"So it's my order that the plea agreement tendered in its present form is rejected under Rule 11(e). The case is set for trial April 23, 1985. The parties are accorded one week to confer and to see if they can work out a plea agreement that is acceptable to the Court. But I'm not engaging in any plea bargaining, never have and never will, but I think you are entitled to some guidance.
"It seems to me minimally a fair plea agreement ought to involve some accountability of some guilty individual, not just a corporation, number one, some form of accountability. Number two, there ought to be some accountability to the people that own this corporation. Somebody ought to have an obligation to make some report to the stockholders saying what was done here and who did it. It seems to me that's a fundamental responsibility that's involved as far as the people that really own this corporation.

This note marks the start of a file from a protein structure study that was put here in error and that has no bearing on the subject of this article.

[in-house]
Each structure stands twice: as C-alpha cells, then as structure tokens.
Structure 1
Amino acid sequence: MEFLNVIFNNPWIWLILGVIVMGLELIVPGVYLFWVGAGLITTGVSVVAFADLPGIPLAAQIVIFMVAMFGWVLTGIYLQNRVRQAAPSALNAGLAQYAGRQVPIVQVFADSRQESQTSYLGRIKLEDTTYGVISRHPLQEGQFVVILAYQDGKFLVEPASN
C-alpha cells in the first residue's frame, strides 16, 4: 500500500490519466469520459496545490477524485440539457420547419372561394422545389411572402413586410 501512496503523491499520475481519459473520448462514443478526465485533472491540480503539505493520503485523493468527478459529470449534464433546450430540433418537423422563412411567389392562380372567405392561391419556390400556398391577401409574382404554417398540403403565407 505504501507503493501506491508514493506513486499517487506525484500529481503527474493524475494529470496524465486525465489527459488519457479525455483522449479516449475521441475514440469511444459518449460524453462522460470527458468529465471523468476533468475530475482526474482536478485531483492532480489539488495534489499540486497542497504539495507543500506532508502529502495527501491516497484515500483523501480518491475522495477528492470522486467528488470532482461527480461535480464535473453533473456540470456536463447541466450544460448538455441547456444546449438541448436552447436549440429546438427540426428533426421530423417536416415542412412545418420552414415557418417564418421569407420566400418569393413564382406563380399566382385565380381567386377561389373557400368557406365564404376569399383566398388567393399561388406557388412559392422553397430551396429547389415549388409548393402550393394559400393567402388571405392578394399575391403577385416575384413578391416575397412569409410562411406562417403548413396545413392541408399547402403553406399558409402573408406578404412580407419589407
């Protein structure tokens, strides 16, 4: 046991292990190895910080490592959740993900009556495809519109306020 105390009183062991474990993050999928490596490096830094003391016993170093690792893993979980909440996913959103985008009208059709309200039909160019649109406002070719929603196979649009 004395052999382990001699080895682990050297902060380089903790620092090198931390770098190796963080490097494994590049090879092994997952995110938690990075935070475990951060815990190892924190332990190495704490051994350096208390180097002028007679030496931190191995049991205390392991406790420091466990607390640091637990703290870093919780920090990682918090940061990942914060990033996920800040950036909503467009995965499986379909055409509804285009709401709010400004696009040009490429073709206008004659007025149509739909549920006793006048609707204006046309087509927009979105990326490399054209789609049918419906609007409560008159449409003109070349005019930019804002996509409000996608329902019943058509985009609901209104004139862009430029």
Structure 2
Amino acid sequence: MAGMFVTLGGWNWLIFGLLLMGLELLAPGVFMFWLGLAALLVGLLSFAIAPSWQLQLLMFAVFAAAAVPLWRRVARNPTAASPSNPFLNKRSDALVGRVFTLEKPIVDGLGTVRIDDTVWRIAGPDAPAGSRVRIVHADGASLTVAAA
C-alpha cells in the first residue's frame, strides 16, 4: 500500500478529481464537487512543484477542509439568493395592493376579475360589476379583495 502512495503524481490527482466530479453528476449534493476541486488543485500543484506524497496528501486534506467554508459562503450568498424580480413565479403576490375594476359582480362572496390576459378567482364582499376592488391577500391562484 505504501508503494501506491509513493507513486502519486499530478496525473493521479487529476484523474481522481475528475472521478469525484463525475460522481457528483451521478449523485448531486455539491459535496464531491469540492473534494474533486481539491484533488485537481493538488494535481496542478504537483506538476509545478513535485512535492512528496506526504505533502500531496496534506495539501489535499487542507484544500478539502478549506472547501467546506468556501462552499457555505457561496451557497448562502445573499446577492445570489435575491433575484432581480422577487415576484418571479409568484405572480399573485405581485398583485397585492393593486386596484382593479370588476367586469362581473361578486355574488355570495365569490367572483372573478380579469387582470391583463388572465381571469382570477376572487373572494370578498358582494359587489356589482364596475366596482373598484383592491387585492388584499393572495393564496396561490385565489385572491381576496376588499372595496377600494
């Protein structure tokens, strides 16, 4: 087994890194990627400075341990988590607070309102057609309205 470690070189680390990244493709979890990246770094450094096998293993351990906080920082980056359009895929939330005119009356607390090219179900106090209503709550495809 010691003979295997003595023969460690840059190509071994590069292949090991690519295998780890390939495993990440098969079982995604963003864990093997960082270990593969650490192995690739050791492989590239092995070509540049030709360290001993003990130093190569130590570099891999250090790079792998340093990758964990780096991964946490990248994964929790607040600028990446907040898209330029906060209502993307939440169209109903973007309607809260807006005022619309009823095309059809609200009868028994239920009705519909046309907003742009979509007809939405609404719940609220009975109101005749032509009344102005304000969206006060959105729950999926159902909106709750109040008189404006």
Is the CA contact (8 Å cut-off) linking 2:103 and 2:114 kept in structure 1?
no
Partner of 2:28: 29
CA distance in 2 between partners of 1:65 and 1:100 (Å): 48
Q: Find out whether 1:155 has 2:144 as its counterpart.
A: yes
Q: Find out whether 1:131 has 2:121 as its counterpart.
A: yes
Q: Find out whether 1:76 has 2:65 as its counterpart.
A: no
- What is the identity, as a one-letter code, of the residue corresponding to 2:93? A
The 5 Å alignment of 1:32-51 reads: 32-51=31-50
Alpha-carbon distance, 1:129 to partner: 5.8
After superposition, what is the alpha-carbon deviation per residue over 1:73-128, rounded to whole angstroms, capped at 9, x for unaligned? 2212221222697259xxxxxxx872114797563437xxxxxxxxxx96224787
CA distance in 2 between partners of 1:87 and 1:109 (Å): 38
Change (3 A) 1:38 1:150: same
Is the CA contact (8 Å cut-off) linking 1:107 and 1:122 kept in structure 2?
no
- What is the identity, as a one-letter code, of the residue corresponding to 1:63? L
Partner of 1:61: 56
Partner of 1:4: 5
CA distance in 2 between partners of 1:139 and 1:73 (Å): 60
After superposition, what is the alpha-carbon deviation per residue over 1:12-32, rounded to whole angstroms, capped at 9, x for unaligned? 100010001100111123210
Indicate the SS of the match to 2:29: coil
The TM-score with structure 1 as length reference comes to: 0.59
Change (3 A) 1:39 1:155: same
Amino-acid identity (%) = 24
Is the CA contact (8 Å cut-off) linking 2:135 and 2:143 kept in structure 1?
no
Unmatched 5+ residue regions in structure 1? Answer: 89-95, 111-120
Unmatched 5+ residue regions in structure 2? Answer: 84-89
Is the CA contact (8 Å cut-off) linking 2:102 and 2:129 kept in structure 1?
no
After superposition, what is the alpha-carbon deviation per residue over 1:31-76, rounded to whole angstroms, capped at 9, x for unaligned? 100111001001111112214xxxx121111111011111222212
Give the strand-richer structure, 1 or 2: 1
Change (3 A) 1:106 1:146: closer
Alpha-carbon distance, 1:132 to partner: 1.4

"... If you think you have got something worked out, I'll be available to confer, as long as both sides, all parties, are represented by counsel, and to let you know whether what you have worked out would be acceptable.
"But in its present form the plea agreement is rejected."
Rec., vol. IV, at 5-8.
Attempting to respond to the court's ruling, O'Rourke offered several reasons for the proposed plea agreement. He argued that the Government had already received $900,000 from Otis in the civil settlement, which O'Rourke termed "ample restitution." Id. at 9. He also noted that a trial of Otis would result in "a battle of experts on accounting issues." Id. Finally, he argued
that the Government had achieved a significant public interest objective by obtaining a corporate guilty plea to criminal charges of fraud from a corporation. Although O'Rourke admitted "that Mr. Landry acted as the corporation," he defended the dismissal of charges against Landry as a necessary "tradeoff." Id. To this the court responded: